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September 17, 2010
Hot Spots: Starting Pitchers
Last week, we went over some NL starting pitchers you should become familiar with if you are in a keeper league. This week, we will do the same for AL starters.
In his first 30 innings at the Major League level, Hellickson already compiled a four-to-one strikeout-to-walk ratio. He will not overpower hitters a la Stephen Strasburg, but with a velocity differential upwards of 10 MPH between his fastball and change-up -- which, combined, he used over 80 percent of the time in his thus far brief time in the Majors -- he keeps them off-balance and constantly guessing.
In the Minors from 2006-10, Hellickson averaged nearly ten strikeouts per nine innings with a walk rate barely over two per nine. He enjoyed success wherever the organization put him and he was routinely at the head of any Rays-related top prospect compilation -- and for good reason.
Although the Rays' 2011 rotation looks crowded with young arms, Hellickson has a great shot to win a spot out of spring training next year since neither Wade Davis nor Jeff Niemann has dazzled. If you are looking towards the future, Hellickson is a great bet even in a mixed league.
Drabek impressed in his Major League debut on Wednesday night against the Baltimore Orioles. He struck out five in six innings of work. However, he did walk three and was a bit unfortunate with the nine hits he allowed, but for a debut start, that is nitpicking.
Last year, between Single-A Clearwater and Double-A Reading in the Philadelphia Phillies organization, Drabek averaged 8.5 strikeouts and 2.8 walks per nine innings. He also showed durability as he tossed 158 innings, by far the most he had thrown at any level in professional baseball. His numbers regressed a bit this year with Double-A New Hampshire in the Toronto Blue Jays organization but there was no doubt his call-up to the Majors was imminent.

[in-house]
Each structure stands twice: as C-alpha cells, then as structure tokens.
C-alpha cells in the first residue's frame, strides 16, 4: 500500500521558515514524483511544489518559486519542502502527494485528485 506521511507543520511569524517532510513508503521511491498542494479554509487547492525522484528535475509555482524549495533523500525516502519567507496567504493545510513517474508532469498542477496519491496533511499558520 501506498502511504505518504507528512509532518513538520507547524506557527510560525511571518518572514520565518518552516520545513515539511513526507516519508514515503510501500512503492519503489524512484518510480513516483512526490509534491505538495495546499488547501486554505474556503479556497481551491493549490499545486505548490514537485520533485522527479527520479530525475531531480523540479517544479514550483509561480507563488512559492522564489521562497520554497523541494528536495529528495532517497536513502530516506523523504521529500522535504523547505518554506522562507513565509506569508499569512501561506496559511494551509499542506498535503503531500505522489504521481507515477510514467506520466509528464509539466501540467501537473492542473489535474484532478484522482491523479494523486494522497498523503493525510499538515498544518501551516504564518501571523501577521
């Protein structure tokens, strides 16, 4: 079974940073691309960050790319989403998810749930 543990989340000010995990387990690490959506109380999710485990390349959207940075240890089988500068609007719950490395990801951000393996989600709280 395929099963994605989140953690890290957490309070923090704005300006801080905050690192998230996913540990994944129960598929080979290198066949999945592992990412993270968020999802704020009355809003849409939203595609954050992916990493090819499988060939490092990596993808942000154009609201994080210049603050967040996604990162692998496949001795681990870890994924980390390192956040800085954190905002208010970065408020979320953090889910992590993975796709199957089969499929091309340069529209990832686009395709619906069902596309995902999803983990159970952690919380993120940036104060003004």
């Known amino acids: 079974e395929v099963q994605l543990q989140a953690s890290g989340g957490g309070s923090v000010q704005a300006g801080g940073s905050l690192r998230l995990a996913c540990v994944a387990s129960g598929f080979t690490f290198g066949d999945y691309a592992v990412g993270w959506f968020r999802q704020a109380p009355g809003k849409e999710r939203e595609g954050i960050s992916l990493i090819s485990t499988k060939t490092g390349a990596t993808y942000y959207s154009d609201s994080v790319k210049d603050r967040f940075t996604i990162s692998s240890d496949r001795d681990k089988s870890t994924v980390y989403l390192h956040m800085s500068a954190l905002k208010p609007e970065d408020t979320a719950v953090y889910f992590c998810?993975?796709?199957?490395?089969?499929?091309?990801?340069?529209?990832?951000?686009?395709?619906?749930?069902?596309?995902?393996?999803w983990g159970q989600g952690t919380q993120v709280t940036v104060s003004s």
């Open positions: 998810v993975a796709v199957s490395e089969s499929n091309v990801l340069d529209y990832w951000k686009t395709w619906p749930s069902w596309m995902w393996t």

Barring any legitimate performance issues or injury, Drabek is all but guaranteed to be in the Jays' rotation next year. He is most relevant in AL-only leagues, but can still provide some value in deep mixed leagues.
Zach Britton, Baltimore Orioles
The young O's rotation is likely to get even better with the addition of Britton, a tall lefty who has been impressing since being promoted at the start of this year. Nearly evenly splitting his time between Double-A Bowie and Triple-A Norfolk, Britton is averaging 7.3 strikeouts and 3.0 walks per nine innings. Impressively, he has logged 140 or more innings in each of the last three seasons.
With Kevin Millwood departing as a free agent, there is an obvious opening for Britton. Even if that opening never came up, the Orioles would likely have found some way to get him in the rotation. Just be thankful that Millwood is finally gone, making Britton a good option for AL-only players.
Carrasco has been making the most of his time in the Majors since his promotion at the beginning of September. In three starts and 20 and two-thirds innings, Carrasco allowed only five runs and struck out 14 batters. With a fastball-curveball-change-up arsenal, Carrasco appears better suited pitching to contact at the Major League level despite averaging at least eight strikeouts per nine innings in each of the past three seasons in the Minors. Carrasco possesses great control, thus he should be rather WHIP-friendly even if his strikeouts are down a bit.
Carrasco is likely to be a mainstay in the Cleveland Indians' rotation next year. At the moment, Carrasco should only be taken in AL-only leagues, but if it turns out he can induce whiffs on a frequent basis in the Majors, he will become relevant in mixed leagues, too.
When I hear the phrase "pitching prospect" I think of guys like Pineda. He has a ton of upside and few flaws; one just hopes he avoids the injury bug on his way to the Majors. In each of the past two seasons, Pineda averaged ten strikeouts per nine innings with very low walk rates to boot.
There were rumors that the Seattle Mariners would call up Pineda earlier this month but that never materialized. Still, he has more than proven himself at the highest level of the Minor Leagues, thus it would be appalling to see the Mariners break camp next March without him. Pineda is good in mixed leagues, great in AL-only leagues.